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The Norfolk Hospice Tapping House Good


Inspection carried out on 16 May 2017

During a routine inspection

This inspection took place on 16 May 2017 and was announced. We also contacted people, their relatives and professionals for feedback about the service after the inspection visit.

The Norfolk Hospice Tapping House is registered to provide specialist palliative care, advice and support for adults with life limiting illness and their families in their own homes. They deliver physical, emotional and holistic care through teams of nurses, care assistants, counsellors, a specialist doctor in palliative care and other professionals including therapists. The hospice also operated a Day Service. However, the only service which involved an activity the provider was registered for with the Care Quality Commission was the hospice at home service.

At the time of the inspection there were 80 people using this service. The service provided specialist advice with regards to symptom control and worked in partnership with health care professionals, Macmillan nurses and the district nurse team to ensure that people received the best possible support in their own homes. There was a counselling, pre- bereavement and bereavement support service offered to families and relatives.

The Norfolk Hospice Tapping House had a registered manager in post. A registered manager is a person who has registered with the Care Quality Commission to manage the service. Like registered providers, they are ‘registered persons’. Registered persons have legal responsibility for meeting the requirements in the Health and Social Care Act 2008 and associated Regulations about how the service is run.

Staff were trained in how to protect people from abuse and harm. They knew how to recognise signs of abuse and how to raise an alert if they had any concerns. The hospice employed a social worker who was also the safeguarding lead in the hospice. Staff assessed the risks involved in delivering a service to people in their own homes. Staff communicated any risks to people`s health and well-being to all health and social care professionals involved in people’s care They followed up and reviewed risks regularly to ensure these were appropriately managed and mitigated.

People were at the heart of the service and were fully involved in the planning and review of their care, treatment and support. Plans in regard to all aspects of their medical, emotional and spiritual needs were personalised and written in partnership with people. Staff delivered support to people respecting their wishes and preferences.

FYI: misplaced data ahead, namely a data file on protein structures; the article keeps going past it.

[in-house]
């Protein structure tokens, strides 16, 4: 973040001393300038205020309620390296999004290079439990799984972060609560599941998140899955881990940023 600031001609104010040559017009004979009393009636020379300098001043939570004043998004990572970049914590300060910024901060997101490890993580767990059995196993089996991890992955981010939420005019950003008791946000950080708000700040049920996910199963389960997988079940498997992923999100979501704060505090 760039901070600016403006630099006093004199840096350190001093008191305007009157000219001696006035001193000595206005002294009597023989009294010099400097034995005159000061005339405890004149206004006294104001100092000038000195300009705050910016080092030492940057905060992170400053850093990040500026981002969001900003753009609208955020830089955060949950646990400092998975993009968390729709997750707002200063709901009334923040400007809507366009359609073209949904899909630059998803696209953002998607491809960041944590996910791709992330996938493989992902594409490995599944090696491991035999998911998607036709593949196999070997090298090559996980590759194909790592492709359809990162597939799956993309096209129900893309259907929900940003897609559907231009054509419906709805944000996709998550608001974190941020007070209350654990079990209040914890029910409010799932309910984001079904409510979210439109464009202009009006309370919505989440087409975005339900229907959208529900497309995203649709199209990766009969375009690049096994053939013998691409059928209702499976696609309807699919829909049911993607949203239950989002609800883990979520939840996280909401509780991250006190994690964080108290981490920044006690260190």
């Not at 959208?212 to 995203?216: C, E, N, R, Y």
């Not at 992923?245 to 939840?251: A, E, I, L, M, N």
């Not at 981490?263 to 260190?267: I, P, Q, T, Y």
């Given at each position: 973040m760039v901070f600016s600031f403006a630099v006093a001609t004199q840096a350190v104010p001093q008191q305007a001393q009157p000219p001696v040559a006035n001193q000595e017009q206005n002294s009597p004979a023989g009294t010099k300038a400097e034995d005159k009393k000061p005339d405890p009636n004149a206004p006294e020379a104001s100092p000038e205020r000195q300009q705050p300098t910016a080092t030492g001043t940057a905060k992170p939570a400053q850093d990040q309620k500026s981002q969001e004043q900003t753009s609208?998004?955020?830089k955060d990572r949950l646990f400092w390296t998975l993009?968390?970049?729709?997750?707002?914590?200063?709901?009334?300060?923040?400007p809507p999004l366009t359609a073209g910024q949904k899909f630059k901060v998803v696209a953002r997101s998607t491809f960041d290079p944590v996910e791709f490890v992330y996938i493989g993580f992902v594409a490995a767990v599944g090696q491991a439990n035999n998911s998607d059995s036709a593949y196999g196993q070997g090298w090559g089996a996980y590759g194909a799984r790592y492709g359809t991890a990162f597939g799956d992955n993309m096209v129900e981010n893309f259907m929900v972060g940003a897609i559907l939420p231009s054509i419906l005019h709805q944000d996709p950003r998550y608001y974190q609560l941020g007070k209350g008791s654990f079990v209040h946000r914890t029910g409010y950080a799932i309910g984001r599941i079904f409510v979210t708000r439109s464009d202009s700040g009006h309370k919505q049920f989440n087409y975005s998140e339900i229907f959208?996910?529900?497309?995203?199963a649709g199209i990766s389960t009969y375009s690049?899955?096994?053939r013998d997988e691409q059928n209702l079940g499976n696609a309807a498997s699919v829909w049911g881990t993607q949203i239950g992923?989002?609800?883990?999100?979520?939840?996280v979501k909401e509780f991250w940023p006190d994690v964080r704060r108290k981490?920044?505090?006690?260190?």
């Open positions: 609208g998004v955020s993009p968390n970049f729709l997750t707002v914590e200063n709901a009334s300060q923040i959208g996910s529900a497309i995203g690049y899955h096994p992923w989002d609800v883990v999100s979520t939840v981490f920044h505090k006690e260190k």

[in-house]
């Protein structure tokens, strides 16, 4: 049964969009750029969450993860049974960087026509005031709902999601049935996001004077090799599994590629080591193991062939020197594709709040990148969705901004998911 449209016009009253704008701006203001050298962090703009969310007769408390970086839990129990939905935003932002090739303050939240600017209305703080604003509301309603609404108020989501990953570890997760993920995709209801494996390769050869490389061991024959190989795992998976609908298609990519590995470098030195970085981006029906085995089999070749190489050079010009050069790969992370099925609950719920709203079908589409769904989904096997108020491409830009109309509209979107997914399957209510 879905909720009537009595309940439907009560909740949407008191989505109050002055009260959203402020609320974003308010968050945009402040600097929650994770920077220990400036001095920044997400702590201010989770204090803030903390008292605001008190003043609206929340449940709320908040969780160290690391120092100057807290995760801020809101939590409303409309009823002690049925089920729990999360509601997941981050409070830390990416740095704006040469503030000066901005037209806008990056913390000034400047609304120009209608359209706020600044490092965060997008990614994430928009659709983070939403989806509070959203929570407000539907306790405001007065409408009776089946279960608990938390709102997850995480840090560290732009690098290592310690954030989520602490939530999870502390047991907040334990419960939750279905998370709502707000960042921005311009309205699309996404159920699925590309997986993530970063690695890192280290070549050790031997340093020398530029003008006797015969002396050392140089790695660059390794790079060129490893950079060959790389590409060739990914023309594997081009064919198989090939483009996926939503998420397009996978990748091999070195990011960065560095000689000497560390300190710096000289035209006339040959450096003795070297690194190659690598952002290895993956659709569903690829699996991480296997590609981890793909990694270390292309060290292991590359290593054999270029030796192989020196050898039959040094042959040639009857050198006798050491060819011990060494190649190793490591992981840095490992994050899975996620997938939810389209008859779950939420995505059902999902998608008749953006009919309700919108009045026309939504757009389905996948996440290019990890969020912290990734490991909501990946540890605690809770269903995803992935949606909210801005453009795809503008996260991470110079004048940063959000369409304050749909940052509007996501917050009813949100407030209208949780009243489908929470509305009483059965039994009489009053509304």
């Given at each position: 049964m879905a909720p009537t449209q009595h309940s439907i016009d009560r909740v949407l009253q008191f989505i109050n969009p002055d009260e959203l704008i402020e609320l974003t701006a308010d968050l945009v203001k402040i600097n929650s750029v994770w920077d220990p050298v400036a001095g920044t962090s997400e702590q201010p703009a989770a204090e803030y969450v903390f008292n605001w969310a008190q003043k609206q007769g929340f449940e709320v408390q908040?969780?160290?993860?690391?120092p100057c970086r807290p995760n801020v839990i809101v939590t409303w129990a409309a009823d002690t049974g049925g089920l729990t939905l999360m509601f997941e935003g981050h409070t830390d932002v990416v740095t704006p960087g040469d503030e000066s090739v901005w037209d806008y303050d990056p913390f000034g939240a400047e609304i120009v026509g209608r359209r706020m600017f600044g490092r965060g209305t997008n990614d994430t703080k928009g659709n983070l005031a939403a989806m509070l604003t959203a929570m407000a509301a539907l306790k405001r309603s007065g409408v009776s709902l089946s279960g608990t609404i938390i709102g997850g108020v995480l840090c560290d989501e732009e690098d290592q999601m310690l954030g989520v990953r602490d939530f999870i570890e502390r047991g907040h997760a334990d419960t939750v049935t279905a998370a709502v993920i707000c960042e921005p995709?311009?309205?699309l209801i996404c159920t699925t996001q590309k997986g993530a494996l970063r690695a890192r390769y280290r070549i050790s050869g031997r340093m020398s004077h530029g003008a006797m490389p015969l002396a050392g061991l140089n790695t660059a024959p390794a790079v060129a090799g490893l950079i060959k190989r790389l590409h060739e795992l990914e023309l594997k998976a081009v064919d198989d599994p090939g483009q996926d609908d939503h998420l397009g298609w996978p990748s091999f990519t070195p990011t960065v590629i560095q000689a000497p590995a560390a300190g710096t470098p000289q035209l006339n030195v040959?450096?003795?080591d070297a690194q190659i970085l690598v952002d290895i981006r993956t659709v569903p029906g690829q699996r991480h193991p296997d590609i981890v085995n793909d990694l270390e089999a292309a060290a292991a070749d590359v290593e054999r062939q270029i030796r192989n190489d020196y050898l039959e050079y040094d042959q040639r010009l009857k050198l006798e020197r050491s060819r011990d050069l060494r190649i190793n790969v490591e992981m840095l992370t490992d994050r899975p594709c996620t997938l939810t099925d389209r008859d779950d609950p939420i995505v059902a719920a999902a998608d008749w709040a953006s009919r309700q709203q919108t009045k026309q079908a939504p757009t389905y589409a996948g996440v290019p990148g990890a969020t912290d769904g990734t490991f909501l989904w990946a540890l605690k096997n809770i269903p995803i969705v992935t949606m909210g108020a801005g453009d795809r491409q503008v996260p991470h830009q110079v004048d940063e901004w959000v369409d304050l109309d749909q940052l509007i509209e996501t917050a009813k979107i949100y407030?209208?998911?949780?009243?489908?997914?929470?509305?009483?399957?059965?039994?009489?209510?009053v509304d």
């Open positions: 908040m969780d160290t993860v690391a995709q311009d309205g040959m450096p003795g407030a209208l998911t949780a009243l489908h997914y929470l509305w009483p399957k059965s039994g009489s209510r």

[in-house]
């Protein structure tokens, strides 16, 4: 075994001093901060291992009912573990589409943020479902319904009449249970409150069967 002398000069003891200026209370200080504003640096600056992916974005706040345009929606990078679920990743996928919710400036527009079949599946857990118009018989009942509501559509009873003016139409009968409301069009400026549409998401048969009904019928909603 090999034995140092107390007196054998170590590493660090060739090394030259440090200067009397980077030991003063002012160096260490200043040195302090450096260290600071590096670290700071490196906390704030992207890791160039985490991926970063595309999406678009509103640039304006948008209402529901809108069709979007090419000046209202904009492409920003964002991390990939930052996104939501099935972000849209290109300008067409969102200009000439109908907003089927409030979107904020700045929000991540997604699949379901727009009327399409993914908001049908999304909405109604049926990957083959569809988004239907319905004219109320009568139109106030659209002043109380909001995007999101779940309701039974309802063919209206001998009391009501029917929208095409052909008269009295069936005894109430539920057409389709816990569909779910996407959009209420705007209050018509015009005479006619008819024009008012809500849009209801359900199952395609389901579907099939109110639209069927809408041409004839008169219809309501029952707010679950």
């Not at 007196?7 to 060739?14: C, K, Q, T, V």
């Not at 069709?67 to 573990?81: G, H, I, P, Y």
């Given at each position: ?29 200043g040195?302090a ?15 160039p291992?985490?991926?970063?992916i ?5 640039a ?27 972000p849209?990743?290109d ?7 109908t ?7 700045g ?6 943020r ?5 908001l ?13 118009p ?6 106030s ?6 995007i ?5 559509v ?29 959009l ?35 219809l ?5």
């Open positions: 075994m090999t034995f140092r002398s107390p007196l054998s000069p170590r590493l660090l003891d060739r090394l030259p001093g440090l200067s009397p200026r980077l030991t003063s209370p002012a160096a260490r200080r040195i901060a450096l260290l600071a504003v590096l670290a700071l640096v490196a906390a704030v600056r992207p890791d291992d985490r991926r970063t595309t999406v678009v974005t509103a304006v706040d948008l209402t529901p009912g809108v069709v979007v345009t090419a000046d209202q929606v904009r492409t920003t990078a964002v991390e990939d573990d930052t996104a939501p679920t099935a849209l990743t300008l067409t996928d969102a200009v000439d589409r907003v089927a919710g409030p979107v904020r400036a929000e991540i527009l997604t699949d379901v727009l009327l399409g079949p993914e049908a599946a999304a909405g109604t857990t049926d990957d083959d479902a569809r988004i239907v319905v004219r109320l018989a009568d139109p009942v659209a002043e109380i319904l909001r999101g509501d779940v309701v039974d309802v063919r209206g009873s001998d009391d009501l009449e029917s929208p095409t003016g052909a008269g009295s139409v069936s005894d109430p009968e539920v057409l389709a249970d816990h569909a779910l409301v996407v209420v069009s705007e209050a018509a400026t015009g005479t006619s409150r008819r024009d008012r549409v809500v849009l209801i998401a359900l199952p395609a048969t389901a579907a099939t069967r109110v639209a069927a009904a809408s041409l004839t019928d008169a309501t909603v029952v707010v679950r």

Accidents and incidents were recorded and monitored to identify how the risks of recurrence could be reduced. Staff reported any concerns so that these could be reviewed and discussed to identify if lessons could be learnt to reduce the likelihood of reoccurrence.

Recruitment procedures were robust and ensured that staff working at the service were qualified and skilled to meet people`s complex needs. There were sufficient numbers of staff to ensure people received support when they needed it. There were plans to open an in-patient unit at the hospice in June 2017 and staff had been recruited and trained before the opening date.

People who used the day services told us that this service enabled them to meet the staff and form relationships before their condition progressed to a stage when they would use the hospice at home service. They appreciated the opportunity to meet with people in similar circumstances and was a welcome part of the community support.

People told us that staff understood their individual care needs and were compassionate and understanding and that their cheerful and friendly approach gave them reassurance and made them feel safe. Staff told us they undertook training which enabled them to provide good quality care to people in their own homes.

People’s medicines were not managed by the hospice staff. People had their medicines prescribed by their own GPs and on rare occasions, staff from the hospice administered medicines as and when required. H